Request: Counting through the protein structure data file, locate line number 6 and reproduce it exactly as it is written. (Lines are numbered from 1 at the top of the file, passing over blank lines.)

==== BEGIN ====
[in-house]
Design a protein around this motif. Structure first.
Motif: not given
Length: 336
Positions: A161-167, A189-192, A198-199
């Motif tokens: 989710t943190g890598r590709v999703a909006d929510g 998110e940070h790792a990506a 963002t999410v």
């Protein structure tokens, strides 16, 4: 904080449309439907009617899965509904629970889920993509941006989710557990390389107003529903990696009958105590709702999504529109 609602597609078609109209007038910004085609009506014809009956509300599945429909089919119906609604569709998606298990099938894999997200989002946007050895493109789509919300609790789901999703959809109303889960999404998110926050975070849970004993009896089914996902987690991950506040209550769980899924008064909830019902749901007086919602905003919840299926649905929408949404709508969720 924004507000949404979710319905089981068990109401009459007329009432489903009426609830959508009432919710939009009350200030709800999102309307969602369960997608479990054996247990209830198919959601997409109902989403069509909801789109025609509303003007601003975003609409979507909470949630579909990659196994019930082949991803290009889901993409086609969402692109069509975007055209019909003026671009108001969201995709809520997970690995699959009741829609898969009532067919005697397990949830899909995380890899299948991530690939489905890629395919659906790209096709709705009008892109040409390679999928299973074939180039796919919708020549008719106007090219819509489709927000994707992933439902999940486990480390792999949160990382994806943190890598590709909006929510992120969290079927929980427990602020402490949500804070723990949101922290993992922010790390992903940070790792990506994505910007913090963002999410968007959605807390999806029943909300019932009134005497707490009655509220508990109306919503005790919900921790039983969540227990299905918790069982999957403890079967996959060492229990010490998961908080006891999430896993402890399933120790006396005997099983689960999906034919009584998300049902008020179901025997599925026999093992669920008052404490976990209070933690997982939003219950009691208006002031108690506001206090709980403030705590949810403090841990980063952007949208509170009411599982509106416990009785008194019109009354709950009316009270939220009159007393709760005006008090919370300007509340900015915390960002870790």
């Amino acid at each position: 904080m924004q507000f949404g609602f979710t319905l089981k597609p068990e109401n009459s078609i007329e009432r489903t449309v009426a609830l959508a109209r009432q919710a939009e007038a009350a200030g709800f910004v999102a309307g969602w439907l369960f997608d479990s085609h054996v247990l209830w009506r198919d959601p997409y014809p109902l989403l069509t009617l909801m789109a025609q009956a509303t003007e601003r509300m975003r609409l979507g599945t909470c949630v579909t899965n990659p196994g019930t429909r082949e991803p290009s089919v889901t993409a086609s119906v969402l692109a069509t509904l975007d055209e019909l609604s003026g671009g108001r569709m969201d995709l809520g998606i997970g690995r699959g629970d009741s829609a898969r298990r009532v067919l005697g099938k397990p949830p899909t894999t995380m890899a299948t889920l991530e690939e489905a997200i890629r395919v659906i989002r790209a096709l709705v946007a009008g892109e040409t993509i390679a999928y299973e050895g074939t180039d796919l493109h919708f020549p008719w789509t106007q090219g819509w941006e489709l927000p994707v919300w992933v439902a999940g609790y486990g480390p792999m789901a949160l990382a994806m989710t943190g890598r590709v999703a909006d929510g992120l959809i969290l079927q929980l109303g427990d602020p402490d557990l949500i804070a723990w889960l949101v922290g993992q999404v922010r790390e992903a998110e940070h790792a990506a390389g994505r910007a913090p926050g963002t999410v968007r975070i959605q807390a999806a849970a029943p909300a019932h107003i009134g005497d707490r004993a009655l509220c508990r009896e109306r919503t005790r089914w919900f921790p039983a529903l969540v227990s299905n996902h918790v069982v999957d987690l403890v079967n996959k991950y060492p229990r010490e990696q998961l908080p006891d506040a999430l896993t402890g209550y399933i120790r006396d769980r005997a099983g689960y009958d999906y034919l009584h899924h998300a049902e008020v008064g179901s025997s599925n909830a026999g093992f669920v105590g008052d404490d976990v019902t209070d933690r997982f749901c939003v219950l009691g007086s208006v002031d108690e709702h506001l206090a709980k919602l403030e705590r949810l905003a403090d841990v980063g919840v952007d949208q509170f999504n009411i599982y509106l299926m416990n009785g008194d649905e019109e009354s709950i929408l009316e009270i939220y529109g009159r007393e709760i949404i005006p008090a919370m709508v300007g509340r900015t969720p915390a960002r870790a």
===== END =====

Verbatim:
């Motif tokens: 989710t943190g890598r590709v999703a909006d929510g 998110e940070h790792a990506a 963002t999410v």